Safari at Kanchanjunga Conservation

Kanchenjunga is the third highest mountain in the world, bordering Sikkim in India, the Tibetan Autonomous Region of China and east Nepal. The Kanchenjunga Conservation Area (KCA) with an area of 1,650 km 2 accounts for nearly 65 percent of the entire land area of Taplejung District. Because KCA is located due north of Bay of Bangal , KCA receives more rainfall from the summer monsoon than other parts of Nepal. These climatic conditions, combined with steep elevation gradients, support high biodiversity. Surveys indicate that there are at least 2,500 species of flowering plants, and several endangered wildlife species.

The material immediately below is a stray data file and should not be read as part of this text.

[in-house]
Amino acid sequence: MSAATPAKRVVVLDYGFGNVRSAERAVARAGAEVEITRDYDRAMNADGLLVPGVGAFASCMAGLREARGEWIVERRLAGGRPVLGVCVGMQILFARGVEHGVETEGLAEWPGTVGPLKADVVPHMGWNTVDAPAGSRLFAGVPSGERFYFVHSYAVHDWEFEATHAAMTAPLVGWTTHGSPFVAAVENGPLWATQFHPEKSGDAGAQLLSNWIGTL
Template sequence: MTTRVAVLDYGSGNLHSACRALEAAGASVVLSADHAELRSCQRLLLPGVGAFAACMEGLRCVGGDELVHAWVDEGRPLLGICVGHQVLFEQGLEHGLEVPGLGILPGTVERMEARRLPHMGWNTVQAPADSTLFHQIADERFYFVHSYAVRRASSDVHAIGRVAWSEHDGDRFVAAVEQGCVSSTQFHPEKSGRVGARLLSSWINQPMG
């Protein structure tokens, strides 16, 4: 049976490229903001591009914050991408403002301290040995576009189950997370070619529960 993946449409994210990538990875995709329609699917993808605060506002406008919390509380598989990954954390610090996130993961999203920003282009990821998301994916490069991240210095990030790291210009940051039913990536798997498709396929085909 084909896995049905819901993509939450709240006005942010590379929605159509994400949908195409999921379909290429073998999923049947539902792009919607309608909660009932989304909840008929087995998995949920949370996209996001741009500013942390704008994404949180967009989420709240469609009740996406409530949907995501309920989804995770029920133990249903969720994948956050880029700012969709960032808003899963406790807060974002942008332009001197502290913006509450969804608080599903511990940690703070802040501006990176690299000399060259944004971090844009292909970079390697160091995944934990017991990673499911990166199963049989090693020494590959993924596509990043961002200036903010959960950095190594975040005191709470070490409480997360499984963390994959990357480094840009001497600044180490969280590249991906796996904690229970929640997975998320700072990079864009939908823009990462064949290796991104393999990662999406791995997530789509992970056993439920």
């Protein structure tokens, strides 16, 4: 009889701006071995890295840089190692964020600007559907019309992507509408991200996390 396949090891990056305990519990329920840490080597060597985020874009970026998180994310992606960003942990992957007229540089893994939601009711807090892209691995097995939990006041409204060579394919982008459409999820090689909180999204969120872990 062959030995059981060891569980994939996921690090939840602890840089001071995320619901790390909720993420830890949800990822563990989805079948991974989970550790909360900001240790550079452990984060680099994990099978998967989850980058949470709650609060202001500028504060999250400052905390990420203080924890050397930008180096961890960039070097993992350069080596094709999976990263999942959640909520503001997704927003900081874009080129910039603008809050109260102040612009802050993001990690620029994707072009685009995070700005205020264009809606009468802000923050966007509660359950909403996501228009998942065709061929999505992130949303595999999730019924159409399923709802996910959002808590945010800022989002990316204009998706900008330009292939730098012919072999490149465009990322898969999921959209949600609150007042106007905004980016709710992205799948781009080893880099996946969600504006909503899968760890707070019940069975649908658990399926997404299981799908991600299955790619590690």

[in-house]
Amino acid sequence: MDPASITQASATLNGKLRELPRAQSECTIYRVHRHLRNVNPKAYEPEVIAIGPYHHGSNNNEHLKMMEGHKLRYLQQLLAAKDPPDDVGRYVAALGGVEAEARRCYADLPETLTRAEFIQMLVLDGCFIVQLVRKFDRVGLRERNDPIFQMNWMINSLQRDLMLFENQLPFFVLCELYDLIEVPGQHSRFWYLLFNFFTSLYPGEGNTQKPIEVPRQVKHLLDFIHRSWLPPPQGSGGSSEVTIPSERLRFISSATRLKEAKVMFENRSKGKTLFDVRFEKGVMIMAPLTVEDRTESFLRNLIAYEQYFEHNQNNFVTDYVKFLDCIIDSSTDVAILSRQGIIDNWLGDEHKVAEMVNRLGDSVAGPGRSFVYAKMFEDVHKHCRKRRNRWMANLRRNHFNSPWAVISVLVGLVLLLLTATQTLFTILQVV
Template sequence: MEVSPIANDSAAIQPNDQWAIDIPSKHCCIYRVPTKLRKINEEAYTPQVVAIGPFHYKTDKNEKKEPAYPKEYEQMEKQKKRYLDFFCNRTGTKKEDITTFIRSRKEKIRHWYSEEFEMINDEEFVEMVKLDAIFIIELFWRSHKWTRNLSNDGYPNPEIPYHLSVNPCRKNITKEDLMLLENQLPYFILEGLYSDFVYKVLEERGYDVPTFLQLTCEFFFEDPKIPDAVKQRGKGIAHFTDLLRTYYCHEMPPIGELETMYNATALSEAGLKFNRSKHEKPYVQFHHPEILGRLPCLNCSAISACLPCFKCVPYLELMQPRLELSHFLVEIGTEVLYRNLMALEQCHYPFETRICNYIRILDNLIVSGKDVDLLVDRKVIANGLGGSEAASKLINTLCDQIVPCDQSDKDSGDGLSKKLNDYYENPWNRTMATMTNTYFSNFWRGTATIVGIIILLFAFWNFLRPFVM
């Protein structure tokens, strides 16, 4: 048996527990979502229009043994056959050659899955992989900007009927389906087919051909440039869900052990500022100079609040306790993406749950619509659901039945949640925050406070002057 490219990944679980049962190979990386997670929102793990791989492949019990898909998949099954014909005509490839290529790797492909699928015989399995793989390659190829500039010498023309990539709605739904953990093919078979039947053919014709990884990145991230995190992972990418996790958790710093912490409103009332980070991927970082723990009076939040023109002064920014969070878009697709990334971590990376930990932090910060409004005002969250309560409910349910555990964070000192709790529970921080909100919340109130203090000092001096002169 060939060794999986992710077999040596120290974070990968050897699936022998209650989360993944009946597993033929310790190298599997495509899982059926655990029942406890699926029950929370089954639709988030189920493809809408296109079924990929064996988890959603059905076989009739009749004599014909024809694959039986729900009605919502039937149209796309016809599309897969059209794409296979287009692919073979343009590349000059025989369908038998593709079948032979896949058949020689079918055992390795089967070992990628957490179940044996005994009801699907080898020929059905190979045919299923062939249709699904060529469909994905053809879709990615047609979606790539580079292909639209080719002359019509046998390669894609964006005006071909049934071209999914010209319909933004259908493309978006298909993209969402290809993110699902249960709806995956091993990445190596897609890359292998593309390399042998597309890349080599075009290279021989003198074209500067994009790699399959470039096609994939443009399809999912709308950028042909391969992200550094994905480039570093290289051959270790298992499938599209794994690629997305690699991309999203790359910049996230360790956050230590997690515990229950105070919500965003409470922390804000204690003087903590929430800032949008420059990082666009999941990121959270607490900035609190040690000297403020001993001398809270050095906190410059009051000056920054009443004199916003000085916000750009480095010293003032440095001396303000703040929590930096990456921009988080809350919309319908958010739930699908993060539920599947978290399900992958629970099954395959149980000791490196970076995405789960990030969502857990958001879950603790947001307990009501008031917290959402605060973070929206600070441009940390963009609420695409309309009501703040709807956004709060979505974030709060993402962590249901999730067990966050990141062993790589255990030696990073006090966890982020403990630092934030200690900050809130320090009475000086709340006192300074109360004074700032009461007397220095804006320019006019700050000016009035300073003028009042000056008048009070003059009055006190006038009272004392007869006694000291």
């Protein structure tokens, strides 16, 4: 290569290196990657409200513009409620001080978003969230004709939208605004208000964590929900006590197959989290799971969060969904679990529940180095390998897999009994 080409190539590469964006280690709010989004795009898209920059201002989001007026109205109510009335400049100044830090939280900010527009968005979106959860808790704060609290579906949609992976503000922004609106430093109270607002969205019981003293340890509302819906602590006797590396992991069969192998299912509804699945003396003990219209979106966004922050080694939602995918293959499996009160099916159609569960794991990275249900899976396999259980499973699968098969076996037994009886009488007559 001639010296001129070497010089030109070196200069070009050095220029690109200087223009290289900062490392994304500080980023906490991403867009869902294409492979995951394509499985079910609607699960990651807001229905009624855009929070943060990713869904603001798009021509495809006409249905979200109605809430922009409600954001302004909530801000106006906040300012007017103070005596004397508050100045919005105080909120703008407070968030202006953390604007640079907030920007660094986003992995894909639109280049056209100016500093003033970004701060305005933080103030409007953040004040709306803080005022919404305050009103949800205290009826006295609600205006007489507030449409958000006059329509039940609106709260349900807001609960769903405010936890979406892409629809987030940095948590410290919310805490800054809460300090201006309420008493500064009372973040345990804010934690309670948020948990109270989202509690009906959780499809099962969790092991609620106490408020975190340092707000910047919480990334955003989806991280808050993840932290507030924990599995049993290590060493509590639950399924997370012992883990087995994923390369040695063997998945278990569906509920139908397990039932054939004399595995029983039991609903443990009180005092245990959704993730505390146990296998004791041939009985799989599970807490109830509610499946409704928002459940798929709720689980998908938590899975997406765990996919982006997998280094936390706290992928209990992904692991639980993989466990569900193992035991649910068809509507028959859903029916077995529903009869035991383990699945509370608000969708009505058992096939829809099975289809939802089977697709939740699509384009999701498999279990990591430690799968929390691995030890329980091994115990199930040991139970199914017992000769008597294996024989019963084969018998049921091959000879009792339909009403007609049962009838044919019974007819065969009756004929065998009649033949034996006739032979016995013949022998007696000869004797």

The cultural diversity within KCA is equally impressive as it contains a number of culturally significant landmarks, including centuries-old monasteries (gompa) and sites of Hindu pilgrimage. Limbu, the largest ethnic population together with the Gurung, Rai, Brahmins and Chhetris as well as Tibetan refugees, inhabit the three river valleys - Tamur, Ghunsa and Sibuwa. A majority of the population are dependent on agriculture and livestock. Harvesting of forest resources contribute much to their subsistence. It is estimated that almost 75% of the households in the Conservation Area face food scarcity every year.


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